Practice Development Lead Nurse
Addenbrookes Hospital

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Vicky D

00:00:01 My name is Vicky D. My job title officially is Practice Development Lead Nurse and Rotation Managing Training Co-ordinator for Neurosciences. I guess I said officially because it’s such a long job title that, you know, people don’t understand really what does that mean. It really is essentially nursing, with some management bits added to it.

00:01:12 When I was growing up I had different ideas, you know, from – I think when I was five I wanted to be an astronaut even. It changed, it moved on to being a lawyer, and it got stuck actually there for quite a while. I end up I’m doing nursing by – by accident actually. When I was graduating in High School we were told to take an exam for this prestigious – huh – … University in the Philippines. And nobody gave me the – some guidance that if you fill in this application form and you write down your first choice as nursing, that that means you wanted to be a nurse. I thought that I could choose afterwards if I do pass the exam. And I did pass the exam, and I ask could I chose a different course then, I wanted really to do Occupational Therapy, and they said I’m sorry, but lots of people wanted to get your place, and you wrote this as your first choice, so no you have to stick to it. So I did, I stuck to nursing. Well you could go anywhere in the world and, you know, you could be a nurse.

00:01:37 I liked the idea of travelling, and I liked, you know, it gives that sense of adventure. When we were revising one day we got bored, and thought well maybe we should try to see what sort of jobs we could get out there. And we search on UK Jobs, and there were lots and lots of jobs at that time for nurses. So we started sending our CVs online, and managed to get lots of responses as well. I travelled with a friend of mine from University. We ended up choosing working for a Nursing Home. It’s a bit tough being away from home. I think my friend was more of the homesick one so I had to be the strong one.

00:02:20 We decided that Nursing Home’s not really for us, we’re so new to our careers, so early on in our career, we feel we’d like to practise what we’ve learnt, so I then realised I would like to be more in an acute setting. Then we came across this Cambridge advert and it’s saying an opportunity to work in neuro sciences as a rotation nurse, so they provided the training at the same time, you know, working as a nurse, in an acute setting. Up until that time didn’t really have any career plan it’s just – it’s just that we thought this is not really for us, so we need to find an alternative, or a different way. So I went to the hospital, and we chose Cambridge.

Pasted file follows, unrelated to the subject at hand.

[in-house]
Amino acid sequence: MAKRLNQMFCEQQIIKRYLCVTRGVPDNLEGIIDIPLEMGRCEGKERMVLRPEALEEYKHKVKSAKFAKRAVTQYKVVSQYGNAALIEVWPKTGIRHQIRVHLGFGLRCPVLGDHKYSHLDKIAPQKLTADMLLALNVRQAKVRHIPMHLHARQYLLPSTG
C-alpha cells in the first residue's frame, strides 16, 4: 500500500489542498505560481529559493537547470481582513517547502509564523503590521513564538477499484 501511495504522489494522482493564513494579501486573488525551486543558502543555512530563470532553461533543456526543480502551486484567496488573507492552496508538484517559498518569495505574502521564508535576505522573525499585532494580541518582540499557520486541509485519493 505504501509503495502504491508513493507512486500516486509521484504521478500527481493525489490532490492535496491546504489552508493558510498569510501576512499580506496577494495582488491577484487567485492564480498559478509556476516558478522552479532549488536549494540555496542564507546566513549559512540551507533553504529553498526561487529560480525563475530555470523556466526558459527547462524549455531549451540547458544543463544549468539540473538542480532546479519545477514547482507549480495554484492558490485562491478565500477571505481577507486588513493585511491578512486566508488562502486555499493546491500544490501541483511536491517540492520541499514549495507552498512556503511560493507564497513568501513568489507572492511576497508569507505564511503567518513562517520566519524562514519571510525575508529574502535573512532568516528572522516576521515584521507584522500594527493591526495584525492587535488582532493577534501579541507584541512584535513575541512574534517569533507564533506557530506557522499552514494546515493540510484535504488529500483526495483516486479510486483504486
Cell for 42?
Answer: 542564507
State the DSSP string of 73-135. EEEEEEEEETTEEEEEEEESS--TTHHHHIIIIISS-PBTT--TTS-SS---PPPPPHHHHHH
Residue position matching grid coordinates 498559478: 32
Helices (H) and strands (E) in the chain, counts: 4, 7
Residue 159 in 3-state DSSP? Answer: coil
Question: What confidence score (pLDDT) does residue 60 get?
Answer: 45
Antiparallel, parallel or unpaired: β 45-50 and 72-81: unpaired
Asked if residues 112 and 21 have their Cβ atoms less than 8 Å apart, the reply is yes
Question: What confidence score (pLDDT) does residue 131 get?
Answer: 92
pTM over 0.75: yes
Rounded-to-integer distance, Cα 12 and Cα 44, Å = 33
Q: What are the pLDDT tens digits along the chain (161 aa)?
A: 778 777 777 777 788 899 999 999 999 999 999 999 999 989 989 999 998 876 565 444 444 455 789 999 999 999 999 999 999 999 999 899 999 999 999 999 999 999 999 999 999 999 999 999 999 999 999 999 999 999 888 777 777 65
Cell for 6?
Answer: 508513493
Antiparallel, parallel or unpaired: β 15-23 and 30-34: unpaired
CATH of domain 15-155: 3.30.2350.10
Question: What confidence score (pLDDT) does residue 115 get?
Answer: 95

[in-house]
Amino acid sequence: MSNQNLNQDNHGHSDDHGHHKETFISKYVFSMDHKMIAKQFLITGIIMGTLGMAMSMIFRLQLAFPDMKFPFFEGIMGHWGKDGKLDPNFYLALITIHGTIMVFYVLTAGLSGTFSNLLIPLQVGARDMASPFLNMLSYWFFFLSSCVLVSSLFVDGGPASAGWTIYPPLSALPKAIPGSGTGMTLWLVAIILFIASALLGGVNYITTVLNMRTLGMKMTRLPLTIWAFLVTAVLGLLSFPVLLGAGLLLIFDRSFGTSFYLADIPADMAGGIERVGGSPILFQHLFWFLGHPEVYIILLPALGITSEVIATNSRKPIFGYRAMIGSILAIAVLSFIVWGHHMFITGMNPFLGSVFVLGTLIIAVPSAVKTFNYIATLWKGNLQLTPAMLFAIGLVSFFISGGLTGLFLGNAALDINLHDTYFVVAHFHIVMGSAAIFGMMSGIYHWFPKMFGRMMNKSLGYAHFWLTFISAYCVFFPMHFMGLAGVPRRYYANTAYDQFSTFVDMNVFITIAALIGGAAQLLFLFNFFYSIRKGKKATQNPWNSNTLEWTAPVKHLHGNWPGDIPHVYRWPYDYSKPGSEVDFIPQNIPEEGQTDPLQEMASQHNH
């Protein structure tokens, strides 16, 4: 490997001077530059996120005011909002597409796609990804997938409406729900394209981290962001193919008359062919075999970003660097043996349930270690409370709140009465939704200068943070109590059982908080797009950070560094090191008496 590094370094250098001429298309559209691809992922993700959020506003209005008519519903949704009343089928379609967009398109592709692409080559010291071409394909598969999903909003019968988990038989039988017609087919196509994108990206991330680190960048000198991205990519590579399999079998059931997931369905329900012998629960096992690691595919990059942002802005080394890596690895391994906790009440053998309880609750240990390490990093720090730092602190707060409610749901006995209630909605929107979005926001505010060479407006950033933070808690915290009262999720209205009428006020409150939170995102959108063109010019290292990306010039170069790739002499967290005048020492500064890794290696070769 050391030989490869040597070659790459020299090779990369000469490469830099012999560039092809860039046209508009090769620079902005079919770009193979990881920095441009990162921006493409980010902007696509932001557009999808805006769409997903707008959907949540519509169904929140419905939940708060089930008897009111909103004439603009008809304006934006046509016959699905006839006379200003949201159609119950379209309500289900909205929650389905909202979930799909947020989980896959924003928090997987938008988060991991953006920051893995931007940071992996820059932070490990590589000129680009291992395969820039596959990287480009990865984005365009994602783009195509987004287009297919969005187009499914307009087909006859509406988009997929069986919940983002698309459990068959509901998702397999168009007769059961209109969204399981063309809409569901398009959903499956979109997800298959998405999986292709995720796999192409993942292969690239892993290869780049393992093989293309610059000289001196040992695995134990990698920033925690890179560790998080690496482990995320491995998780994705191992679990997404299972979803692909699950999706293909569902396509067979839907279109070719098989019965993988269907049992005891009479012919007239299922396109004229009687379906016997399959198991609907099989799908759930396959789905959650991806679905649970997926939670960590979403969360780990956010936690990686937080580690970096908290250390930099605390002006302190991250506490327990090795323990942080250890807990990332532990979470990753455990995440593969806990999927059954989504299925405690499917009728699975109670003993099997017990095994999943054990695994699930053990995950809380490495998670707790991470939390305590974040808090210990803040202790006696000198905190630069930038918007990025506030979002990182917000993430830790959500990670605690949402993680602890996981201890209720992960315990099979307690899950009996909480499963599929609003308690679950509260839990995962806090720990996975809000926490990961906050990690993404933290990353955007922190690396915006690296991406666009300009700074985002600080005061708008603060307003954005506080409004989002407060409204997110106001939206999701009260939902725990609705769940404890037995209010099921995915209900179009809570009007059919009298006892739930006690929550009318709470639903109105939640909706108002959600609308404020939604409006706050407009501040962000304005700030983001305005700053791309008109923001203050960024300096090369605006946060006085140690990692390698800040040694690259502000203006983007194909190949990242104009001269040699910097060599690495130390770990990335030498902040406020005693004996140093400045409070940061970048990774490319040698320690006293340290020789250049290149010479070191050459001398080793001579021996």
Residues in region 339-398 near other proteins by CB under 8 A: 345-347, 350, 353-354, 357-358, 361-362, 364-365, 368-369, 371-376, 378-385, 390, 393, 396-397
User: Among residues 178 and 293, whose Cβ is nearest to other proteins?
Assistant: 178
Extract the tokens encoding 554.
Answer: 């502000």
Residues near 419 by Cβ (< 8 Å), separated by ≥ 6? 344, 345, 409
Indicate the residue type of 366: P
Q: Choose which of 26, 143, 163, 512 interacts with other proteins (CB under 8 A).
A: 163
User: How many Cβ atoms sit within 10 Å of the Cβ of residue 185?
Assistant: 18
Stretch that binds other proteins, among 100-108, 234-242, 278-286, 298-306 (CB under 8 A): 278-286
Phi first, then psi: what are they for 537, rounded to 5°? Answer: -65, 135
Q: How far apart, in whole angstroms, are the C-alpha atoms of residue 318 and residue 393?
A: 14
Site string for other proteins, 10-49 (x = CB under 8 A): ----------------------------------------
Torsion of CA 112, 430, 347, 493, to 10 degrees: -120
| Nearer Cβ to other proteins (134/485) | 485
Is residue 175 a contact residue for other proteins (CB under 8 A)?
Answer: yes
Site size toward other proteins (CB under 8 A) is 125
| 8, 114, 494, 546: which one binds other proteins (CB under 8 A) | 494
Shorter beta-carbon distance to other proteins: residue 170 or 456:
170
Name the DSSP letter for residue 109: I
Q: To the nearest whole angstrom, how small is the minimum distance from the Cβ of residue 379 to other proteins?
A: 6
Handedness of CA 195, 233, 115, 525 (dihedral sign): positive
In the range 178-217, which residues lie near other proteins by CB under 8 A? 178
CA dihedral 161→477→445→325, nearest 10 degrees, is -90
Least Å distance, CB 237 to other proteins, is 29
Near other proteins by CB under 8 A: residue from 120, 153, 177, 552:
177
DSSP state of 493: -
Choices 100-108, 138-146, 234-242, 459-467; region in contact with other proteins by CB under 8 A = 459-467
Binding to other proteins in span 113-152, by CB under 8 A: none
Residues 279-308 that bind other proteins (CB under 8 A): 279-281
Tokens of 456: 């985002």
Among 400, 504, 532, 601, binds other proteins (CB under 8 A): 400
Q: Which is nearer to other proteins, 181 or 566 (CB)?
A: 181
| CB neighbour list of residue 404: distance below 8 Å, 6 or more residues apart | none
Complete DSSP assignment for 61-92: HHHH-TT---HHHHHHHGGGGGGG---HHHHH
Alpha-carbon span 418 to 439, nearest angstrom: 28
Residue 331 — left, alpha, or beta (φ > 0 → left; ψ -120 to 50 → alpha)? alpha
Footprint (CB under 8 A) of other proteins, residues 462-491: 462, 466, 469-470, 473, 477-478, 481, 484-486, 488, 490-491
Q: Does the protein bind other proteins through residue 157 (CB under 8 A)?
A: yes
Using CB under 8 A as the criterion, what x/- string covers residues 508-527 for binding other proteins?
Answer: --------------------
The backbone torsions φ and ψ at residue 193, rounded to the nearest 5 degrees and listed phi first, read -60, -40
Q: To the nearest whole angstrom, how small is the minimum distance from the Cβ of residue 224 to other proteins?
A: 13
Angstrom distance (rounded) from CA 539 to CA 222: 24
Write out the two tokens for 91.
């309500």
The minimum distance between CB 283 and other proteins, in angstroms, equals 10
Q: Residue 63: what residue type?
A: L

00:02:59 Suddenly I just woke up one day thinking – right, I would like to be in a position where I could influence how we’re doing things in our department. I’d like to be able to do better things, innovate. And in order to do that it has to be somewhere in the management. I’ve just been offered a secondment to a Service Improvement Consultant. We’ll be working towards – how do we improve our performance? And ultimately give the best patient care possible.

00:03:32 It’s very sad to know that the way I’m going will take me away from the bedside. Because that’s what kept me going, and that gave me a lot of satisfaction in seeing our patients get better. It’s wanting to influence how are things being done, and if the ultimate goal is to make the patients’, you know, care the best there is, then I would have to take that as part of the package.

00:03:37 ENDS

Vicky D is moving into a service improvement role after a career as a nurse. Nursing was chosen for her after a mistake with a university application form but it has proved to be the right route for her. She says of her role “it really is essentially nursing, with some management bits added to it.”

More information about Nurses

average salary

The UK average salary is £29,813

average weekly hours

There are 37.5 hours in the average working week

15%  male 
85%  female 

The UK workforce is 47% female and 53% male

Future employment

Future employment?

? Nurses provide general and/or specialised nursing care for the sick, injured and others in need of such care, assist medical doctors with their tasks and work with other healthcare professionals and within teams of healthcare workers. They advise on and teach nursing practice.
Qualification as a nurse is via a diploma or degree course, both of which are provided by universities. Courses comprise both theoretical and practical work, including placements in hospital and community settings. Full time diploma courses last three years; degree courses last three or four years. Accelerated programmes are available to graduates with a health-related degree. There is a minimum age limit of 17 years 6 months to enter training. Post-registration training is available for a range of clinical specialisms.
  • Assists medical doctors and works with other healthcare professionals to deal with emergencies and pre-planned treatment of patients;
  • Manages own case load;
  • Monitors patient’s progress, administers drugs and medicines, applies surgical dressings and gives other forms of treatment;
  • Participates in the preparation for physical and psychological treatment of mentally ill patients;
  • Plans duty rotas and organises and directs the work and training of ward and theatre nursing staff;
  • Advises on nursing care, disease prevention, nutrition, etc. and liaises with hospital board/ management on issues concerning nursing policy;
  • Plans, manages, provides and evaluates nursing care services for patients, supervises the implementation of nursing care plans;
  • Delivers lectures and other forms of formal training relating to nursing practice.
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